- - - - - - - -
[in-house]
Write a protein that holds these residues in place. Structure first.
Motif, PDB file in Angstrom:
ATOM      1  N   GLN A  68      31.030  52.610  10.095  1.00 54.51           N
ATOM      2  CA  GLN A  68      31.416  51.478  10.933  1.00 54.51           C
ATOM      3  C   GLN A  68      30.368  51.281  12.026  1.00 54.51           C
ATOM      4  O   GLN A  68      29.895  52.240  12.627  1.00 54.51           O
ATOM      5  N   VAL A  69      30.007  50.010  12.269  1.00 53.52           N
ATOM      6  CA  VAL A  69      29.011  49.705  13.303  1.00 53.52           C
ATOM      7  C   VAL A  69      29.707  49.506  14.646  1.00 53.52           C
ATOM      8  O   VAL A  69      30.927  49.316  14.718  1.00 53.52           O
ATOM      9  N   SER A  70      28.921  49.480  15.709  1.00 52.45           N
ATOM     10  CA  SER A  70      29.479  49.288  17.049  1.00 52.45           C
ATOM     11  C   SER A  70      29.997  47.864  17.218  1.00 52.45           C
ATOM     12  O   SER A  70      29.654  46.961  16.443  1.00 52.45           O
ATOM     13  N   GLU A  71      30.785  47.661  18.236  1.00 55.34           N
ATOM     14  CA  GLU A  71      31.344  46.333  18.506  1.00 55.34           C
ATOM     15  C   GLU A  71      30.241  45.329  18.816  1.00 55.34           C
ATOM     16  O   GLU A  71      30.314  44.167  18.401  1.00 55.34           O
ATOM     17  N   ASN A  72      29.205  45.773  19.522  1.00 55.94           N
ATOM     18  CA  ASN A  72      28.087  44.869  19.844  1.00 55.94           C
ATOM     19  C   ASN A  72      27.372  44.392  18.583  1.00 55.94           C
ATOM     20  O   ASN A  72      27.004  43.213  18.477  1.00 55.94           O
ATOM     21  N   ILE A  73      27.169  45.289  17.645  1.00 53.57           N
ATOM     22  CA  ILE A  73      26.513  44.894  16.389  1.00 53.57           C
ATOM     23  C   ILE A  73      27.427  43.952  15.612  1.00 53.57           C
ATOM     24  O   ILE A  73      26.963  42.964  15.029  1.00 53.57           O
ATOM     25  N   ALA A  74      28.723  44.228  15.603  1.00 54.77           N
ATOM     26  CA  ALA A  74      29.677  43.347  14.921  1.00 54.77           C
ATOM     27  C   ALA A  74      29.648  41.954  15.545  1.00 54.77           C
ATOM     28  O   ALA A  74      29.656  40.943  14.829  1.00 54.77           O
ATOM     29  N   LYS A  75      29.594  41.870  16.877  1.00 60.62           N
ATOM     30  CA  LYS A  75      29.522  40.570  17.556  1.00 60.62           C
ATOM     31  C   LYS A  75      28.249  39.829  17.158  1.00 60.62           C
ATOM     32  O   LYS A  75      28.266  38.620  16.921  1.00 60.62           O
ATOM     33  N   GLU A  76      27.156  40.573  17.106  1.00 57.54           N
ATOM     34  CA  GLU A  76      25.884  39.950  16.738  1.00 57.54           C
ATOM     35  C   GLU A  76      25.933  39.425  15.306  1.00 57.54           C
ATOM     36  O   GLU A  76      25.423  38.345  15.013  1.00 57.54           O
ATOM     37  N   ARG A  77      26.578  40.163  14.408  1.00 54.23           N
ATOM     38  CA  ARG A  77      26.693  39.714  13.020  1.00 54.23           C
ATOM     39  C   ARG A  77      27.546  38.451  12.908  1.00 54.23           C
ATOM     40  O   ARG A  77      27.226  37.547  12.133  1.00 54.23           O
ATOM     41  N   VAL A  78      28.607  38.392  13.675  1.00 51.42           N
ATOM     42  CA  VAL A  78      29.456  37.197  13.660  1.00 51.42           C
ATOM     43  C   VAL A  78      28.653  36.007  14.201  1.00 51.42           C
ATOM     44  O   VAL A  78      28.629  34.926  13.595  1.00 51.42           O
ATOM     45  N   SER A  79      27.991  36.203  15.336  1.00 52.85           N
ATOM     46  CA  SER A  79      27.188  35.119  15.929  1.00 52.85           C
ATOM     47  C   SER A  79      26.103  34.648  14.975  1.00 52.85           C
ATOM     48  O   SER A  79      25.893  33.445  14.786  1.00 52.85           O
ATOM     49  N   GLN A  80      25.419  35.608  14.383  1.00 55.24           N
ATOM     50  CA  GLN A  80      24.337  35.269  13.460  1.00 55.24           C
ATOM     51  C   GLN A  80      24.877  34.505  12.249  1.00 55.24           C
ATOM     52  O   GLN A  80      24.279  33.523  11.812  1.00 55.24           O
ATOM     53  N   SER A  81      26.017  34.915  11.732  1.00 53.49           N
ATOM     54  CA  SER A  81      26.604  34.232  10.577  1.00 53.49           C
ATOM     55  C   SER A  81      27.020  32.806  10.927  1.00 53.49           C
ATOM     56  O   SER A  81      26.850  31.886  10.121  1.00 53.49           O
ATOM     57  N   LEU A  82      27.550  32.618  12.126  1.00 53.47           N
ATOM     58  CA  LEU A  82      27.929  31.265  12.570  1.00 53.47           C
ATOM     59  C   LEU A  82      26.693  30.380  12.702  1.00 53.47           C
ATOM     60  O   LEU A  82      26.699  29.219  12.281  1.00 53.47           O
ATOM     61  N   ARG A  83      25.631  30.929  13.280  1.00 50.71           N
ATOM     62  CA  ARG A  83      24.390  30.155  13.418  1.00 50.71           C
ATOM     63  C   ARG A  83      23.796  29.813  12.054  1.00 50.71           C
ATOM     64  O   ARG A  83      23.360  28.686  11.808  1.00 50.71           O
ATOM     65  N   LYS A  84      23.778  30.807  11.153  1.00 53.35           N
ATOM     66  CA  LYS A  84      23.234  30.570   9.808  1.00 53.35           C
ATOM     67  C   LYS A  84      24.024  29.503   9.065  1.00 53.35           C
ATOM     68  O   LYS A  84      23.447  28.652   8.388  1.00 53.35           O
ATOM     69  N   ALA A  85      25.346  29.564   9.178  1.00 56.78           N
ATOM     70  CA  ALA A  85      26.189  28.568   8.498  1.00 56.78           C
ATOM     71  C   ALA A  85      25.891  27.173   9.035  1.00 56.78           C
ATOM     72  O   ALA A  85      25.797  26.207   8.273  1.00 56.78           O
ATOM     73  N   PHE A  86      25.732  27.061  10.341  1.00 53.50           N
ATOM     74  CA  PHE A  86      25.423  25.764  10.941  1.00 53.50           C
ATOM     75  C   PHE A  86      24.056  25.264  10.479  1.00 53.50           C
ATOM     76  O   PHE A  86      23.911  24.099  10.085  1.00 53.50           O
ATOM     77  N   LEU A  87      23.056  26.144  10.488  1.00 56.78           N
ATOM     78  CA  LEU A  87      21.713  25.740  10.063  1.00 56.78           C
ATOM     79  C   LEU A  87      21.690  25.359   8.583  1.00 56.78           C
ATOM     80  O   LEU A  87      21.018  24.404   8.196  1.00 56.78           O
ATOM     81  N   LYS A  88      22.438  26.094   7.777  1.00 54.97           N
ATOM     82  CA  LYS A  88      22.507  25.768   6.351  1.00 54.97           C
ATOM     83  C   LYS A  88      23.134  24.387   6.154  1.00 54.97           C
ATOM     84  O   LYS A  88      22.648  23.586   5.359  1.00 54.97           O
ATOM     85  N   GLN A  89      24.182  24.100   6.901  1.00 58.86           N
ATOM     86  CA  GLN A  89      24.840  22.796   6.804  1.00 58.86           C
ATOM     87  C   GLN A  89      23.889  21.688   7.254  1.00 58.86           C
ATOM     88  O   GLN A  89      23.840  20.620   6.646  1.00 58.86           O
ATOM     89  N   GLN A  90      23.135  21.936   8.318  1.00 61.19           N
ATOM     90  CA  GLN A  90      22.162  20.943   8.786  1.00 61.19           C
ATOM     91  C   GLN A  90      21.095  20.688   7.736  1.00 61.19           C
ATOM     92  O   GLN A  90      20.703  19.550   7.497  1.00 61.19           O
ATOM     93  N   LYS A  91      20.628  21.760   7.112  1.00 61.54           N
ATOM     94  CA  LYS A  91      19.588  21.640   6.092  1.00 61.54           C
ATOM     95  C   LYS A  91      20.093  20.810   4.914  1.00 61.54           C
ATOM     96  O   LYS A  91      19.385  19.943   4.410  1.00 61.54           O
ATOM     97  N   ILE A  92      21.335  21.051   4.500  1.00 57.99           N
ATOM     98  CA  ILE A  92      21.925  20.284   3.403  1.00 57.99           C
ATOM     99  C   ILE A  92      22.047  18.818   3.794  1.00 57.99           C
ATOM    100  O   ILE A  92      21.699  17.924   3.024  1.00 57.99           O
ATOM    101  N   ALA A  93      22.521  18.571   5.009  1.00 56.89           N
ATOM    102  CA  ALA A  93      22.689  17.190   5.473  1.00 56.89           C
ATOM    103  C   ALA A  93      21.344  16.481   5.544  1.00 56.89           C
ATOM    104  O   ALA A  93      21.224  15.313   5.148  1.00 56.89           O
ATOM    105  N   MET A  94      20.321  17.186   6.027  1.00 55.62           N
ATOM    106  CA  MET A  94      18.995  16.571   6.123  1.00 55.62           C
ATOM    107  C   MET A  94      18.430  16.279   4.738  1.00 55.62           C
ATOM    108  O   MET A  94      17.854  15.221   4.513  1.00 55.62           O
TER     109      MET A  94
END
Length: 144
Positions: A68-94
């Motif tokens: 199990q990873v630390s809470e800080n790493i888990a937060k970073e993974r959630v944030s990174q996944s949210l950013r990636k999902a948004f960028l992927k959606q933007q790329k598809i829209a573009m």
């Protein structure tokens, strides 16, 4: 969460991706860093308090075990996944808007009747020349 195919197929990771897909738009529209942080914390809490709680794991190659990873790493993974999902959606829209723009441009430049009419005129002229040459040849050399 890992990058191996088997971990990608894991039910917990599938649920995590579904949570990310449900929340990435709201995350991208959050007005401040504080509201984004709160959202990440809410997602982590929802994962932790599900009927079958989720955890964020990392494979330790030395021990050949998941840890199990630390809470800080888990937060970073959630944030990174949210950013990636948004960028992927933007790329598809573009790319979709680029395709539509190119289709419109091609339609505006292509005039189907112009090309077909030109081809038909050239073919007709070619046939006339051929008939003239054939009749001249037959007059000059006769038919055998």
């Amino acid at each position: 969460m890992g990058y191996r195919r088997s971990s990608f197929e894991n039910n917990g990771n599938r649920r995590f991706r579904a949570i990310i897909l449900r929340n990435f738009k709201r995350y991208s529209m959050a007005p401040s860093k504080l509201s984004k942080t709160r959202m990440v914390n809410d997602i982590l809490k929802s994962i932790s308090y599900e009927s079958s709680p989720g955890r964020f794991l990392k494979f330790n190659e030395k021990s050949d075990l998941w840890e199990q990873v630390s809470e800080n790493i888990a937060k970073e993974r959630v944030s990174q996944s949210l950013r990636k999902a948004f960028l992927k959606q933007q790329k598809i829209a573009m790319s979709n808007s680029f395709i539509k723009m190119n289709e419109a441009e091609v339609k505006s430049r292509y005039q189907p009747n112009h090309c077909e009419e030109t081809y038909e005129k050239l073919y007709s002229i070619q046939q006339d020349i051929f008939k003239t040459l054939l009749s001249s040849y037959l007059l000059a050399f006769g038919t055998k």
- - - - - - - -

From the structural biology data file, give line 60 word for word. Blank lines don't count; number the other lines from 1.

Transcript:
ATOM     57  N   LEU A  82      27.550  32.618  12.126  1.00 53.47           N